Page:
“If you had not already assumed this, I am in fact a transgender girl and an athlete. I ran cross country and track in high school. This issue is so important to me because running is such a core part of who I am. It keeps me fit; it keeps me motivated to do better in sport and life in general; it keeps me alive. Being one of the members of an athletic team in high school remains one of my greatest memories. If you let this bill pass, it will negatively affect me.”
With these words, 19-year-old long-distance runner Lindsay Hecox, pleaded to the Idaho Senate State Affairs Committee that its members vote against the Fairness in Women’s Sports Act of 2020, HB500. It was a sweeping law that prohibits trans and intersex women from playing sports alongside cisgender women and girls in any program or athletic level. The law, Hecox argued, would prevent her from training and running in college. Despite her pleas and those of other activists, Idaho Governor Brad Little signed HB500 into law on March 30, 2020, coinciding with International Transgender Day of Visibility. Backed by the ACLU, Hecox and a cisgender high school student, Kayden Hulquist, sued the state. Together, they claimed the law was unconstitutional and discriminated against any woman, cis or trans. In this post, we dive deeper into their struggle to block and repeal HB500, which is featured in the exhibition Title IX: Activism On and Off the Field as evidence of the continuing debates about how to define Title IX's protections against sex discrimination. Because this is such recent history, our exhibition research included dozens of interviews with activists, including Hecox and Hulquist, who have pushed for greater gender equity in education over the past five decades.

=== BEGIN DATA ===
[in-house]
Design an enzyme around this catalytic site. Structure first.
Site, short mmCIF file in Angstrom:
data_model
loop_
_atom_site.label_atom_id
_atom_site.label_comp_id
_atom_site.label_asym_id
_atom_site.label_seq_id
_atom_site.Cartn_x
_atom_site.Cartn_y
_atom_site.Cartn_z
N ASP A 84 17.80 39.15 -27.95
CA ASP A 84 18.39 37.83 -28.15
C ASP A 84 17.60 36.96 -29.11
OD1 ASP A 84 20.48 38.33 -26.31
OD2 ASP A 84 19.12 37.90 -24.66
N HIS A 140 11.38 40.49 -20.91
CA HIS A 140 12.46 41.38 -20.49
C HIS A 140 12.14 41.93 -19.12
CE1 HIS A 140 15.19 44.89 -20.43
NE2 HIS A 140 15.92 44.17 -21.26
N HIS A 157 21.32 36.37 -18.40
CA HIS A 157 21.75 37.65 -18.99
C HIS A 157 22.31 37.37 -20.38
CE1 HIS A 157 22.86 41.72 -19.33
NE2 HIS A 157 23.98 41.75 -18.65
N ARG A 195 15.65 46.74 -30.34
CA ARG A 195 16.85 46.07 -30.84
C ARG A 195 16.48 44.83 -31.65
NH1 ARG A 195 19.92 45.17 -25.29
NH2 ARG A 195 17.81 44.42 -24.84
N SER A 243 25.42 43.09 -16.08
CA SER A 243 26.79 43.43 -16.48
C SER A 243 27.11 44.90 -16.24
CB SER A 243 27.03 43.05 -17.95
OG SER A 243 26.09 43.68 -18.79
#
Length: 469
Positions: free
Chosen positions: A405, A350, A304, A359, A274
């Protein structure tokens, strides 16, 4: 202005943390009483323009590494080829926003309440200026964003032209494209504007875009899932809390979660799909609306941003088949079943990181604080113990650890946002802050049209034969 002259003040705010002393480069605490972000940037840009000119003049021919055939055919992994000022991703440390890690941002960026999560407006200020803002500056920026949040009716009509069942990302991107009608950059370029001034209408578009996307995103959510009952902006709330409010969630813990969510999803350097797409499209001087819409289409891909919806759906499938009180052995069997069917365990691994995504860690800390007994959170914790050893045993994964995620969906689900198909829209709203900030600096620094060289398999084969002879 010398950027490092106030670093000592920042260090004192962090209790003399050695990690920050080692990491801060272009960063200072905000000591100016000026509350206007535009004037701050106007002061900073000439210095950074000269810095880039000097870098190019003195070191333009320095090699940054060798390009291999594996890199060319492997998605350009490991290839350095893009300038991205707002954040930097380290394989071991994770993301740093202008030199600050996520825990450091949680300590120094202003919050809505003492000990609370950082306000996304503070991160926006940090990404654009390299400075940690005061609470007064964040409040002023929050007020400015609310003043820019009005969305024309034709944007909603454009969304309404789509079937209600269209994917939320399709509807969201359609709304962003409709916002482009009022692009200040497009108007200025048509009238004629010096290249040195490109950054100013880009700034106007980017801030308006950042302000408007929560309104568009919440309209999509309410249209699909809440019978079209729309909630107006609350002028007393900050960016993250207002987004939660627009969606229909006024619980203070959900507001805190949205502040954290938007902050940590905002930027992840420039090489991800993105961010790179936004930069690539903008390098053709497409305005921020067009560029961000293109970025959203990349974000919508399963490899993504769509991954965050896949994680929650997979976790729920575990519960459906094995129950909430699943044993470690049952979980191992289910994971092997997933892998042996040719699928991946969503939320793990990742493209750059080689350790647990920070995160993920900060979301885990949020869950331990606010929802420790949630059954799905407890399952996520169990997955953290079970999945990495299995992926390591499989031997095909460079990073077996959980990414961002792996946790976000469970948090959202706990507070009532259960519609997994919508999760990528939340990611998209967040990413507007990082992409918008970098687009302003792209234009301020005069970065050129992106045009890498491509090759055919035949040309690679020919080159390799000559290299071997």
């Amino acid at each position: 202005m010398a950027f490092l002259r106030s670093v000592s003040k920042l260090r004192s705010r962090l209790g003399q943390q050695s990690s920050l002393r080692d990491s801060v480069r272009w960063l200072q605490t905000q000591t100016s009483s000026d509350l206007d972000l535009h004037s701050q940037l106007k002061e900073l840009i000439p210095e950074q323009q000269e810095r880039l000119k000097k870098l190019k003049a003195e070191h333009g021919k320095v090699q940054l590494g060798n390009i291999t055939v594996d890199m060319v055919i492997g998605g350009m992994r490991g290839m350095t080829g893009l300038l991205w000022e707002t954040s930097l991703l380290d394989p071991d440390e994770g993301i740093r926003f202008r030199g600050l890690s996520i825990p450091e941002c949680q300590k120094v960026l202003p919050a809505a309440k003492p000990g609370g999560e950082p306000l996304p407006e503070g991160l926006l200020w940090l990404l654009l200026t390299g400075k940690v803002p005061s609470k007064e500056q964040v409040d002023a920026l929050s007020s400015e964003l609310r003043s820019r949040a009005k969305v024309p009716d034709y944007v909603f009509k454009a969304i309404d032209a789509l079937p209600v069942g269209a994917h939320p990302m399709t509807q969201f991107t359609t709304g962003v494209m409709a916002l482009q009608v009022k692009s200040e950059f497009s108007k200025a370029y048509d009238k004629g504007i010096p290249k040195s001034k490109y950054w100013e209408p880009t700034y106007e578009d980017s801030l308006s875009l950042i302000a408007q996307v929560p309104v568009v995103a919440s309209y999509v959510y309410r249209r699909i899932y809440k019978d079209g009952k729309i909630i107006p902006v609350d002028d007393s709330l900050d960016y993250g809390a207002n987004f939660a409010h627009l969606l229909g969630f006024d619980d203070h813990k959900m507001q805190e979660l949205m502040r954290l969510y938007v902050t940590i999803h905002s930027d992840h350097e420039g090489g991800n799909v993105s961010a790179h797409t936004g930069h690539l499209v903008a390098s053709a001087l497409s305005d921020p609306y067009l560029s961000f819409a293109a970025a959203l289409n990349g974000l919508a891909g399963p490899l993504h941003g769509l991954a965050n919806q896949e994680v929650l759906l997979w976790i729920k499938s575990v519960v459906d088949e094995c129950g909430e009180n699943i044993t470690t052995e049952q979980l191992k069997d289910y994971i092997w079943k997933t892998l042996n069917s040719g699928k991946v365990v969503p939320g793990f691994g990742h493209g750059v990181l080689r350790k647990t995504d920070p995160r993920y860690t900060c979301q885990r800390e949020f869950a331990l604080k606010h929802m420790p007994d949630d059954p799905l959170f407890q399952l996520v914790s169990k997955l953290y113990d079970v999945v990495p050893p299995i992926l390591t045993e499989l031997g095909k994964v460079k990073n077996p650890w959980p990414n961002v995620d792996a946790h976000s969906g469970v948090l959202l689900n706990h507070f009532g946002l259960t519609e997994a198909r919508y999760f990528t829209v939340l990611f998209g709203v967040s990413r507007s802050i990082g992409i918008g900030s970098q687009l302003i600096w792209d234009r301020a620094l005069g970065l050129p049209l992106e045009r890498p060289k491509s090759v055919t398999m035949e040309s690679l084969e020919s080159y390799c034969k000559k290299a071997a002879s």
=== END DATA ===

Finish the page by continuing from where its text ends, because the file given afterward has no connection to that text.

Although sports were not an initial focus of Title IX, it is an arena in which the disparities between men and women are glaringly visible. From early on, the predominant approach to lessening these inequalities was a sex-segregated model dividing resources equally. By the close of the twentieth century, the benefits of Title IX were evident in the success of women athletes as well as in the integration of sports into the everyday life of both men and women from early childhood through adulthood. However, as understandings of sex and gender continue to evolve, questions linger about whether sex segregation can be truly equal. Nonbinary, transgender, and intersex athletes are left questioning where they fit in. Debates over sex segregation and trans inclusion have not only resurfaced in recent years, but are taking center stage with some state legislatures like Idaho using Title IX to exclude, rather than include, some athletes identifying as women.